Studying the Arctic? Take time to invest in communities, conference hears
“Inuit still need to speak up about the kinds of relationship they expect to have"
OTTAWA — A group of students and researchers pack a conference room at Ottawa’s glass, egg-shaped convention centre.
They hail from different regions of the country, but there’s a common thread: all their research focuses on Arctic or Inuit issues.
And they’re here at ArcticNet’s 2014 Arctic Change conference to learn more about community cooperative research, and building the kind of relationships that will enhance the work they do, and hopefully, the lives of those who call the Arctic home.
Sonja Ostertag has spent the last eight years studying beluga whales around Hendrickson Island, near Tuktoyaktuk in the Northwest Territories.
When the University of British Columbia doctoral student started working in the NWT with local whale monitor Verna Pokiak, she got to know the woman’s family, Pokiak’s young son, and they formed a bond.
“That’s one of the reasons I love this work, returning over and over again and getting to know people in the community,” Ostertag told the Dec. 9 roundtable gathering.
Ostertag spent weeks and even years building relationships with the Inuvialuit, learning about traditional knowledge and mentoring youth in the community. In 2011, the Inuit Circumpolar Council recognized Ostertag’s contribution by honouring her for Arctic community engagement.
But not all researchers approach the North that way. The Dec. 9 roundtable was designed to help students and researchers who are new to the Arctic engage the people and places they’re focusing on.
One of the session’s panelists, National Inuit Youth Council vice president Sarah Jancke of Cambridge Bay, recalled hearing stories of researchers who visited her hometown in the 1970s to collect skin samples from local people — without asking Inuit for permission.
“Inuit still need to speak up about the kinds of relationship they expect to have with researchers visiting the community,” said Jancke, who works as a programs coordinator at the Kitikmeot Inuit Association.
“One of the things I learned is that researchers come with an outcome in mind. They’re well educated,” she said. “But when you come to the communities, you have to come thinking about what already exists here, the knowledge that Inuit have.”
Through all the change Inuit have experienced in recent generations, traditional knowledge is a value that grounds people to their culture, Jancke said.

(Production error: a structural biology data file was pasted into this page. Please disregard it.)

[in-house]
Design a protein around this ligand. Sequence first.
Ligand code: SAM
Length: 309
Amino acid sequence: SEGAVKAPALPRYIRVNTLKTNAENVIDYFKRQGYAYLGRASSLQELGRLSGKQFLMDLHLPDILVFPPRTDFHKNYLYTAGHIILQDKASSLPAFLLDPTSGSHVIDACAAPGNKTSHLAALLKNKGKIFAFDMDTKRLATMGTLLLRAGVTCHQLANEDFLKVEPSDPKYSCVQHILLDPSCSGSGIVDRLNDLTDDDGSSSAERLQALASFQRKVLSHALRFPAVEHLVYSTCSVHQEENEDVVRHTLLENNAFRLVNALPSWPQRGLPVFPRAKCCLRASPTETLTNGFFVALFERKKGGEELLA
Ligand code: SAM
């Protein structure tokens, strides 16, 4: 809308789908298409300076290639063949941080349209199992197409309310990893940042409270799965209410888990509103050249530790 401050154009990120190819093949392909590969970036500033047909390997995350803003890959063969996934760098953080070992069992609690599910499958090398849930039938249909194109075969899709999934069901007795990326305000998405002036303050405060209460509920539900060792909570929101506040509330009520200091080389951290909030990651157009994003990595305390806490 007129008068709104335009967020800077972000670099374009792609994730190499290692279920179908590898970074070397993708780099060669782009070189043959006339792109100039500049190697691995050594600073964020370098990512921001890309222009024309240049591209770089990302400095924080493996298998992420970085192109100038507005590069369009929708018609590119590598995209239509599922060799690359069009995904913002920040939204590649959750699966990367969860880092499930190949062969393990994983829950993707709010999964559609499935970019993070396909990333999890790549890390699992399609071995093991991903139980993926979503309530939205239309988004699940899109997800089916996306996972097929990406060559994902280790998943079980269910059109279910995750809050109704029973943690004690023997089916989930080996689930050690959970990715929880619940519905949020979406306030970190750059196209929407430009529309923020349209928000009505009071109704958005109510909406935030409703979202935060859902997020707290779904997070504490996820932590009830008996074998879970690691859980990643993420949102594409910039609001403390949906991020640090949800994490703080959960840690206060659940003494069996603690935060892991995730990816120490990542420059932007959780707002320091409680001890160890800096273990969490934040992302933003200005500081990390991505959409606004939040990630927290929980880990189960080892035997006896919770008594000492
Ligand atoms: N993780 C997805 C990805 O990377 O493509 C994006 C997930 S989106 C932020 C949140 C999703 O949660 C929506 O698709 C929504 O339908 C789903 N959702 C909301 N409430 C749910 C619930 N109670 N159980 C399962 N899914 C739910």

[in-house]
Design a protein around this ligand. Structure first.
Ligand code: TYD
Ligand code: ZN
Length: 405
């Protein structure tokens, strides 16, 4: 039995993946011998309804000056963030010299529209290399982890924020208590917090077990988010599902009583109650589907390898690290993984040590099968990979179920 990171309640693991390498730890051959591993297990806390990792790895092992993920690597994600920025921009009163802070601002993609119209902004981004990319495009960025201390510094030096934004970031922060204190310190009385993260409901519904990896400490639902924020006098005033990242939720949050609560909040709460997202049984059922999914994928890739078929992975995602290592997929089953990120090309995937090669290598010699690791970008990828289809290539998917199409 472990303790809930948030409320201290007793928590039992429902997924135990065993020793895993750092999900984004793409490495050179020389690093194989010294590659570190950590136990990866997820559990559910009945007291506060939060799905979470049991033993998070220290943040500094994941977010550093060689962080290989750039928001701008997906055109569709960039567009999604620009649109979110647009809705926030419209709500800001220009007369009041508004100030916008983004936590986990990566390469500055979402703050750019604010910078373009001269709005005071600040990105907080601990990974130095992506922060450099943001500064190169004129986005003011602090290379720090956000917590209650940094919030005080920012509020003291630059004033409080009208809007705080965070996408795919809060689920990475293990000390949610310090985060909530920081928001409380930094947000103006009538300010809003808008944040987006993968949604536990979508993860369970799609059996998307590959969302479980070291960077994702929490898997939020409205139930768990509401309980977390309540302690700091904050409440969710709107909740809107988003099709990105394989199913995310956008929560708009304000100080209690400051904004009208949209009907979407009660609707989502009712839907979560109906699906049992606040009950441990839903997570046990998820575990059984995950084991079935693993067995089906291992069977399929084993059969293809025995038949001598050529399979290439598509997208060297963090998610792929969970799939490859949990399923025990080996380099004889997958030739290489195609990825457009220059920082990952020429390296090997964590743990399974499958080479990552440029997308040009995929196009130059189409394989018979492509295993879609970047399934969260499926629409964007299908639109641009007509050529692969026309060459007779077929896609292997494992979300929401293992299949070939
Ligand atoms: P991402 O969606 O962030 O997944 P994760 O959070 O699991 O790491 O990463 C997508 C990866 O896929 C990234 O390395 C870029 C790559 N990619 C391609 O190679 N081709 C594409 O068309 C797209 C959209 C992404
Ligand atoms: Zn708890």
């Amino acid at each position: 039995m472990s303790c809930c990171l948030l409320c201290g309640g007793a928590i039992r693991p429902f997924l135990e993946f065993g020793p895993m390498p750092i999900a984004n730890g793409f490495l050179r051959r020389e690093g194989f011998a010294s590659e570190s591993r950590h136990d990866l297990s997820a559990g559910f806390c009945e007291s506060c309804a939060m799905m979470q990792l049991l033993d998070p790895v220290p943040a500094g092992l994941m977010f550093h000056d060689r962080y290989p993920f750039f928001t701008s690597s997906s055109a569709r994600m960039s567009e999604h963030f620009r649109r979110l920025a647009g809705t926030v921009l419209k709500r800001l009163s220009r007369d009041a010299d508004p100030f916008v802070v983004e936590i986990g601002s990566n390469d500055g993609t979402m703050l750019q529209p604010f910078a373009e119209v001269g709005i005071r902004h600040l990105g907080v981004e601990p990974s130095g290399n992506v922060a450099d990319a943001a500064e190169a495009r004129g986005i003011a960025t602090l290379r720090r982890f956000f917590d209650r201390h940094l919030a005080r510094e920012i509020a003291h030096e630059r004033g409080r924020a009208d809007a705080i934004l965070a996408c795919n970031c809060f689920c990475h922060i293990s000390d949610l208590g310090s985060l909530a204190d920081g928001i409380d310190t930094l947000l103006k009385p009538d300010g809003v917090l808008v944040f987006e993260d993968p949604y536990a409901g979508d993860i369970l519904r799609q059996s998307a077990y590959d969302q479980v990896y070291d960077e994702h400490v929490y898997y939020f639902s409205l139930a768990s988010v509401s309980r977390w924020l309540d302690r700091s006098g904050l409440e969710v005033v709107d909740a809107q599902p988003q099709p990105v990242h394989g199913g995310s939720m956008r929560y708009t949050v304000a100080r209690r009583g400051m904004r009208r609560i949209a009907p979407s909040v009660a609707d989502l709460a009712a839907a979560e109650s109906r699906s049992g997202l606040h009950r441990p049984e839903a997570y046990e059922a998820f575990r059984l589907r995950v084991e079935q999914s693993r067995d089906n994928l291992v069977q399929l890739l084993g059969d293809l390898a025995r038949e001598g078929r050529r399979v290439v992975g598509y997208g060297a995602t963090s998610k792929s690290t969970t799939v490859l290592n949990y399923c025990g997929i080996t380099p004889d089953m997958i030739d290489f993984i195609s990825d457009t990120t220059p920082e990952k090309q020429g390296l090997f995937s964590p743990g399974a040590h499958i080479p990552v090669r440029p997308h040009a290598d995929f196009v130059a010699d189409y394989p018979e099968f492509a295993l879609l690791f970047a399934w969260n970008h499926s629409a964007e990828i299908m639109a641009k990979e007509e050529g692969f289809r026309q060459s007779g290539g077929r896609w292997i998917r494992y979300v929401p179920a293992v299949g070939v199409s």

“If you want to work with Inuit, there are many who are open and willing to be part of your work — as long as it goes back to the community,” Jancke said.
“Taking that energy and using it to educate Inuit on the amazing things around them. You all have the opportunity to inspire young people to have a future of maybe doing what you’re doing.”
Shelly Elverum has witnessed that first hand. The Pond Inlet-based environmental technology instructor saw such an interest among some of her former students that they connected with southern researchers and other youth in Nunavut to form Ikaarvik.
The group, which does community-based research with both traditional Inuit knowledge and Western science, was the recipient of the 2013 Arctic Inspiration Prize.
Elverum’s advice for researchers who are new to the North: you may be limited by time and funding, but as much as possible, let the community guide your work.
“If you really want this to mean something, you need to invest time, before you come up with your methodology,” Elverum said. “How different science could be if you took the time to get to know the community before you come up with your research question.”
Hundreds of researchers from around the globe who study Arctic people, society and the environment, are gathering this week in Ottawa for the Arctic Change conference and to celebrate the 10th anniversary of conference host ArcticNet, the Quebec City-based group made up of universities, Inuit organizations and government agencies.
The conference, which runs until Dec. 12, promises to be one of the largest gatherings of international Arctic research ever held in Canada, says its website, welcoming more than 1,000 participants.
Sessions will cover topics spanning the Arctic environment and climate change, education and efforts towards establishing an Arctic university, along with the health and well-being of Inuit.
Alongside scientists and researchers, a number of Inuit leaders will share their perspectives at some of the workshops such as former Inuit Tapiriit Kanatami president Mary Simon, Nunavut education minister Paul Quassa and Nunavik’s health board director Minnie Grey.